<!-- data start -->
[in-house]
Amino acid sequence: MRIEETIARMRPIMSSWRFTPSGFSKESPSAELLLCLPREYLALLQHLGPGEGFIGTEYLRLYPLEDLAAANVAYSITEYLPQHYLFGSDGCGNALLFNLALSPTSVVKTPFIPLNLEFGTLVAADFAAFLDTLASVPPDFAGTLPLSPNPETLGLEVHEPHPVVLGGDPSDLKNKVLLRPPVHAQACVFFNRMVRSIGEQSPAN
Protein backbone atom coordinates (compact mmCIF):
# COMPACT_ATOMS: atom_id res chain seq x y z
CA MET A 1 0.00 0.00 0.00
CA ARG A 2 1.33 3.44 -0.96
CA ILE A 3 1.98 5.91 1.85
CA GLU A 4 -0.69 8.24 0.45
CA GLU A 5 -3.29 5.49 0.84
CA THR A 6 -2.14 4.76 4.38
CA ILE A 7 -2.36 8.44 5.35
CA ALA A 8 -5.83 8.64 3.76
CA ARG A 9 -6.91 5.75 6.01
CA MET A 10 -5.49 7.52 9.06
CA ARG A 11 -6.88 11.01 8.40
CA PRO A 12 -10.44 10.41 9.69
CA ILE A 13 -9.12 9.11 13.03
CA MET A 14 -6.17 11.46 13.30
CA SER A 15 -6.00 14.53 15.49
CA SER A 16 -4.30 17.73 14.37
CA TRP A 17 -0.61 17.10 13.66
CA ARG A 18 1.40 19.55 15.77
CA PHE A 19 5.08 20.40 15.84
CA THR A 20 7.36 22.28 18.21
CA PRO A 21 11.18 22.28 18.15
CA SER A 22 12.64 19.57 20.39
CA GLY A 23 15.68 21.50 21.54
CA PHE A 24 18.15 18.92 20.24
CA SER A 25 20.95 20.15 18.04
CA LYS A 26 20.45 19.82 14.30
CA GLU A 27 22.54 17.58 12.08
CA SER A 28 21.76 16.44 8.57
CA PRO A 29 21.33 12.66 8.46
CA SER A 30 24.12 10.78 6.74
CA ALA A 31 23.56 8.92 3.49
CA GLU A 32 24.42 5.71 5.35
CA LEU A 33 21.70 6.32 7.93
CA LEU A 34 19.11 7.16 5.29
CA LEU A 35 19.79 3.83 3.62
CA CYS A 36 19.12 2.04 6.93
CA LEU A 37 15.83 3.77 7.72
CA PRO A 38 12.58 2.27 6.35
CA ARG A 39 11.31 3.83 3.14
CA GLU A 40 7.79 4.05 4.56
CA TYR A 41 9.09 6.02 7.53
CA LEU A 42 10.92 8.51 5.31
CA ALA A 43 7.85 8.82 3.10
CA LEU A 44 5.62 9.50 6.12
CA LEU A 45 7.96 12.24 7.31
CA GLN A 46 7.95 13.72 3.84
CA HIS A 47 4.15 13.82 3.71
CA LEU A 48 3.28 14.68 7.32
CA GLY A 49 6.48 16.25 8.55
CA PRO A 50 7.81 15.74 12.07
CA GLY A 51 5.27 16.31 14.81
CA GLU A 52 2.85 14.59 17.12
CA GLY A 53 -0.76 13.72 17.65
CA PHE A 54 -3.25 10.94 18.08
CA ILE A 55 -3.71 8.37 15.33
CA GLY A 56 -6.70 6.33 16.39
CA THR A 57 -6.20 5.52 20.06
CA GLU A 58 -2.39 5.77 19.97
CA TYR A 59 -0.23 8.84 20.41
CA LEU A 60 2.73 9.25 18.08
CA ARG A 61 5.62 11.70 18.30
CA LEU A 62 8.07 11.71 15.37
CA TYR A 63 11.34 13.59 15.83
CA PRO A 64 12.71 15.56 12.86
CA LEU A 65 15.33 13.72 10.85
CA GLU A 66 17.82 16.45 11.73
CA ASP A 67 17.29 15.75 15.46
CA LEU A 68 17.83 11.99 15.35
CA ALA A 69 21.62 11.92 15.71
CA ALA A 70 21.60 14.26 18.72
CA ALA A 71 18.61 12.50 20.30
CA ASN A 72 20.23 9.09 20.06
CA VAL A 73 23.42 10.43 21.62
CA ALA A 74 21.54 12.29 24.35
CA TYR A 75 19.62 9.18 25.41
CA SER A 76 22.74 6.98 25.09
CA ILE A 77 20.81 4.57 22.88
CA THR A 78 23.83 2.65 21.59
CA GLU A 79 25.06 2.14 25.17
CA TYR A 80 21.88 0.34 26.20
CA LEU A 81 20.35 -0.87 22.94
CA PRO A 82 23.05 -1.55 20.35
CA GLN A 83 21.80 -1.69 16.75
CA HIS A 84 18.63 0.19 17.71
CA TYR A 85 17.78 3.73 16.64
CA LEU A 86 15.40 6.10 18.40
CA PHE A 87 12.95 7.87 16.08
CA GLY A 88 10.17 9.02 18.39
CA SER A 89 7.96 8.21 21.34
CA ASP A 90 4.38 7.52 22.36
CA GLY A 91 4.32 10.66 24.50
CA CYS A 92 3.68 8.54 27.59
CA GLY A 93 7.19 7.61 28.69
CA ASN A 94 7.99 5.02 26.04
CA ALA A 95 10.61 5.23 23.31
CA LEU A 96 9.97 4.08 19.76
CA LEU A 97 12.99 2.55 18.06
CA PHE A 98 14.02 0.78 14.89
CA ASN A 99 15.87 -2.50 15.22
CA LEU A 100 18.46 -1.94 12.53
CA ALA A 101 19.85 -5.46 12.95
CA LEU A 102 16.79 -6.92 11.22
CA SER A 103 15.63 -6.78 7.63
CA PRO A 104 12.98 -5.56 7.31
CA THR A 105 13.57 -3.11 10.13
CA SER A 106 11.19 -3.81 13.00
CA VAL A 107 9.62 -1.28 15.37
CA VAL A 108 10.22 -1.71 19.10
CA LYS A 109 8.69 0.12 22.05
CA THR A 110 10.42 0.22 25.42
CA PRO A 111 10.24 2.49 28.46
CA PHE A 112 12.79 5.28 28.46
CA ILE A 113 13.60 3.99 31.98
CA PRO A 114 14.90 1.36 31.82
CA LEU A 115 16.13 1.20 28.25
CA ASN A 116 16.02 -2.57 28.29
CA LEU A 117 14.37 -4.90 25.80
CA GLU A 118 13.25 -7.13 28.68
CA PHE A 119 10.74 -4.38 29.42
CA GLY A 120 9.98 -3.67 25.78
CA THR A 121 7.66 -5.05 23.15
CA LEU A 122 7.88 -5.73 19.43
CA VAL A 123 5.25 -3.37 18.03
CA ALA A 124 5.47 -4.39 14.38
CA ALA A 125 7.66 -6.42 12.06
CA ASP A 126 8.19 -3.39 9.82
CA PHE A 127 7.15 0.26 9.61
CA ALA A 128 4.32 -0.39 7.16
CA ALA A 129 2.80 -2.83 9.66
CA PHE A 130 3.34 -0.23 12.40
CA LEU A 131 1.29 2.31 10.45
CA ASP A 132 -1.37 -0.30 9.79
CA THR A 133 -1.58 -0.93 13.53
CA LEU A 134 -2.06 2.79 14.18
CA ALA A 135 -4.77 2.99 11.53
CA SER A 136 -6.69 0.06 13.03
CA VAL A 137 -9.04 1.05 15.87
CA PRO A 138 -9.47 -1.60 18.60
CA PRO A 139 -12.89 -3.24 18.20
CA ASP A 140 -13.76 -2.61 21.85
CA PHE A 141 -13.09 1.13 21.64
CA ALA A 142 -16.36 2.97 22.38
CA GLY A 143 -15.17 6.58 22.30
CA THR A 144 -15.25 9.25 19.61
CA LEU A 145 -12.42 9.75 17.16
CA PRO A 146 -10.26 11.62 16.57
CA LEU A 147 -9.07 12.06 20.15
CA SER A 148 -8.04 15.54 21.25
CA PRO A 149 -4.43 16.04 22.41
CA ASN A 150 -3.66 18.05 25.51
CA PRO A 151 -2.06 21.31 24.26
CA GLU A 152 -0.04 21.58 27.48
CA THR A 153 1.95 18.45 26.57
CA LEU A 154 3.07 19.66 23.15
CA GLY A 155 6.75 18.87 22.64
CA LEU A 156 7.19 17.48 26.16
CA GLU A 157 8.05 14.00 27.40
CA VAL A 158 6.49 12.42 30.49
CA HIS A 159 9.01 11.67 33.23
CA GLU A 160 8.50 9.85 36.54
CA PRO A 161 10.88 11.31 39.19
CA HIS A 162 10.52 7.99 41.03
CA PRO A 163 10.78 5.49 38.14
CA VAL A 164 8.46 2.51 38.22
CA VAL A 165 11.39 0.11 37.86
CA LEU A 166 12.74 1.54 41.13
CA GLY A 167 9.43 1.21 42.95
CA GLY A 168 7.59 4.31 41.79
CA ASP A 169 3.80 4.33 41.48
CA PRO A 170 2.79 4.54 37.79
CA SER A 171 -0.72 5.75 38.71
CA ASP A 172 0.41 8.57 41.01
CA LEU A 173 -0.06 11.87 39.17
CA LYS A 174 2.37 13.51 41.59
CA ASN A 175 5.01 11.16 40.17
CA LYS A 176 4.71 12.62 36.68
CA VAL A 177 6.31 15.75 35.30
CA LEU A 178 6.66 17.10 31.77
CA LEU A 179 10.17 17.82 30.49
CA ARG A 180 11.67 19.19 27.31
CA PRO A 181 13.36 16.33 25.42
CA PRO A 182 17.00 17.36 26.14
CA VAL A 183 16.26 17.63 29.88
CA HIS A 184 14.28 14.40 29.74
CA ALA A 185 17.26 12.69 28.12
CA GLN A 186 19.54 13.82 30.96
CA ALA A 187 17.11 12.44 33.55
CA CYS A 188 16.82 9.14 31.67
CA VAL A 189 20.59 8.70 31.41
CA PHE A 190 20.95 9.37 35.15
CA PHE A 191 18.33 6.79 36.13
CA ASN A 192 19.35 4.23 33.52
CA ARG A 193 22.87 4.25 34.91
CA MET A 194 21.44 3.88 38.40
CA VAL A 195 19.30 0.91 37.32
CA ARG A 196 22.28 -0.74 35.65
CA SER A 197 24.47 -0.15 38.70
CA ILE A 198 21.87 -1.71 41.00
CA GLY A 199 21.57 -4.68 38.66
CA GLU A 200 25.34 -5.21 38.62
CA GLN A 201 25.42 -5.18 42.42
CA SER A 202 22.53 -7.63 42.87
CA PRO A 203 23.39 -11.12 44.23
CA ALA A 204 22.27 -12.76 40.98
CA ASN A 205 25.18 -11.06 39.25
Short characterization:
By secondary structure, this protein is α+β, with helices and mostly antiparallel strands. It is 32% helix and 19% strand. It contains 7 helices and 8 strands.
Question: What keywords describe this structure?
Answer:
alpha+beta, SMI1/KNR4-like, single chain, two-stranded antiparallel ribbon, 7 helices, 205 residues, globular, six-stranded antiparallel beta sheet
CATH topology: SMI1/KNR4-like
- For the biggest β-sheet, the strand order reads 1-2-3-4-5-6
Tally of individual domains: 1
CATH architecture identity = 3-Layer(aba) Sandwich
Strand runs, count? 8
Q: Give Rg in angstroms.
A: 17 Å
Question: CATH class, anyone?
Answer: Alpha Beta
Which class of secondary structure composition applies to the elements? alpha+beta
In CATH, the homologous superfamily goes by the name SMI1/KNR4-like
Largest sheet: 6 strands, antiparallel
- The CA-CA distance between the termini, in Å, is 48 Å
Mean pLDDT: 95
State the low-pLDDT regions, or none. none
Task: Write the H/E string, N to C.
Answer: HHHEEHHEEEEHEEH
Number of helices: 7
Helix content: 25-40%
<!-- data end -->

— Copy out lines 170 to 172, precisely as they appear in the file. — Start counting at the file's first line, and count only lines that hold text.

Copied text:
CA LEU A 166 12.74 1.54 41.13
CA GLY A 167 9.43 1.21 42.95
CA GLY A 168 7.59 4.31 41.79